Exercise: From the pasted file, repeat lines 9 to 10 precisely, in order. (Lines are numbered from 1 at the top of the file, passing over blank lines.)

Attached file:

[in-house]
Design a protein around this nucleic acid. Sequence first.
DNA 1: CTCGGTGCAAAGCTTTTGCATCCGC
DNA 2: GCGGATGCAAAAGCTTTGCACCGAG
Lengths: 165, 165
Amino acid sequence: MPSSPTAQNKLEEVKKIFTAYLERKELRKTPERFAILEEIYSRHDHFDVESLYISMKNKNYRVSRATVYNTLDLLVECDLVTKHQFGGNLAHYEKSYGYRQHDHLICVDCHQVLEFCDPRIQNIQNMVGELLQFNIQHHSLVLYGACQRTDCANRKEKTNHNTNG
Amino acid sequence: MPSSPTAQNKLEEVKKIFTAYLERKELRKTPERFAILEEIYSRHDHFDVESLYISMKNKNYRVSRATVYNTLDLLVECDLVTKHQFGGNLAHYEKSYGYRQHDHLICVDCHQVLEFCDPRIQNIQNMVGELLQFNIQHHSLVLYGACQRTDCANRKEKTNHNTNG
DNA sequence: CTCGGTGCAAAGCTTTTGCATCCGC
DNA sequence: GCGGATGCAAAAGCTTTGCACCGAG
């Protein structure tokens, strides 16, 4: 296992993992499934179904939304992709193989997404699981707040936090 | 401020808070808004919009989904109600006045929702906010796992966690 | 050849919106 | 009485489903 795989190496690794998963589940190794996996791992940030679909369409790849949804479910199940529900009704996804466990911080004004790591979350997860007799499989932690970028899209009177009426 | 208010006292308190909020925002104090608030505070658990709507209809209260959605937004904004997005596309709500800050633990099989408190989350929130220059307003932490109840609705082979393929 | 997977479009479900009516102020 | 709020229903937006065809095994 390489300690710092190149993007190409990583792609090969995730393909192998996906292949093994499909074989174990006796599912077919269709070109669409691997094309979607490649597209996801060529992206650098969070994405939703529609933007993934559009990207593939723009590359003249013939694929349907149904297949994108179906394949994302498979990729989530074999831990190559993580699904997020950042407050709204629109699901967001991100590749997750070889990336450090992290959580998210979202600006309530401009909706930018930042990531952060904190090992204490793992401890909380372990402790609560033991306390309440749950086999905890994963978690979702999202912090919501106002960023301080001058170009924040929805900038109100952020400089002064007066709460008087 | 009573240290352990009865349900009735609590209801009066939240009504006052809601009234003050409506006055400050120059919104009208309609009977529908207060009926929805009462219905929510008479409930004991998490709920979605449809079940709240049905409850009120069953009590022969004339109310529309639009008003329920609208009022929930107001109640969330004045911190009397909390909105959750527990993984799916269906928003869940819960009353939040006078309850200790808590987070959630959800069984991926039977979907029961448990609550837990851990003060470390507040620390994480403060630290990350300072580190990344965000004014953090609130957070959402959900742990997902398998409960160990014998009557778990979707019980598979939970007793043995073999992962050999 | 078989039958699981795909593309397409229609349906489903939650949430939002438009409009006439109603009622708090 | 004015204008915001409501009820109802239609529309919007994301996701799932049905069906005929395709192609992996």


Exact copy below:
DNA sequence: GCGGATGCAAAAGCTTTGCACCGAG
């Protein structure tokens, strides 16, 4: 296992993992499934179904939304992709193989997404699981707040936090 | 401020808070808004919009989904109600006045929702906010796992966690 | 050849919106 | 009485489903 795989190496690794998963589940190794996996791992940030679909369409790849949804479910199940529900009704996804466990911080004004790591979350997860007799499989932690970028899209009177009426 | 208010006292308190909020925002104090608030505070658990709507209809209260959605937004904004997005596309709500800050633990099989408190989350929130220059307003932490109840609705082979393929 | 997977479009479900009516102020 | 709020229903937006065809095994 390489300690710092190149993007190409990583792609090969995730393909192998996906292949093994499909074989174990006796599912077919269709070109669409691997094309979607490649597209996801060529992206650098969070994405939703529609933007993934559009990207593939723009590359003249013939694929349907149904297949994108179906394949994302498979990729989530074999831990190559993580699904997020950042407050709204629109699901967001991100590749997750070889990336450090992290959580998210979202600006309530401009909706930018930042990531952060904190090992204490793992401890909380372990402790609560033991306390309440749950086999905890994963978690979702999202912090919501106002960023301080001058170009924040929805900038109100952020400089002064007066709460008087 | 009573240290352990009865349900009735609590209801009066939240009504006052809601009234003050409506006055400050120059919104009208309609009977529908207060009926929805009462219905929510008479409930004991998490709920979605449809079940709240049905409850009120069953009590022969004339109310529309639009008003329920609208009022929930107001109640969330004045911190009397909390909105959750527990993984799916269906928003869940819960009353939040006078309850200790808590987070959630959800069984991926039977979907029961448990609550837990851990003060470390507040620390994480403060630290990350300072580190990344965000004014953090609130957070959402959900742990997902398998409960160990014998009557778990979707019980598979939970007793043995073999992962050999 | 078989039958699981795909593309397409229609349906489903939650949430939002438009409009006439109603009622708090 | 004015204008915001409501009820109802239609529309919007994301996701799932049905069906005929395709192609992996």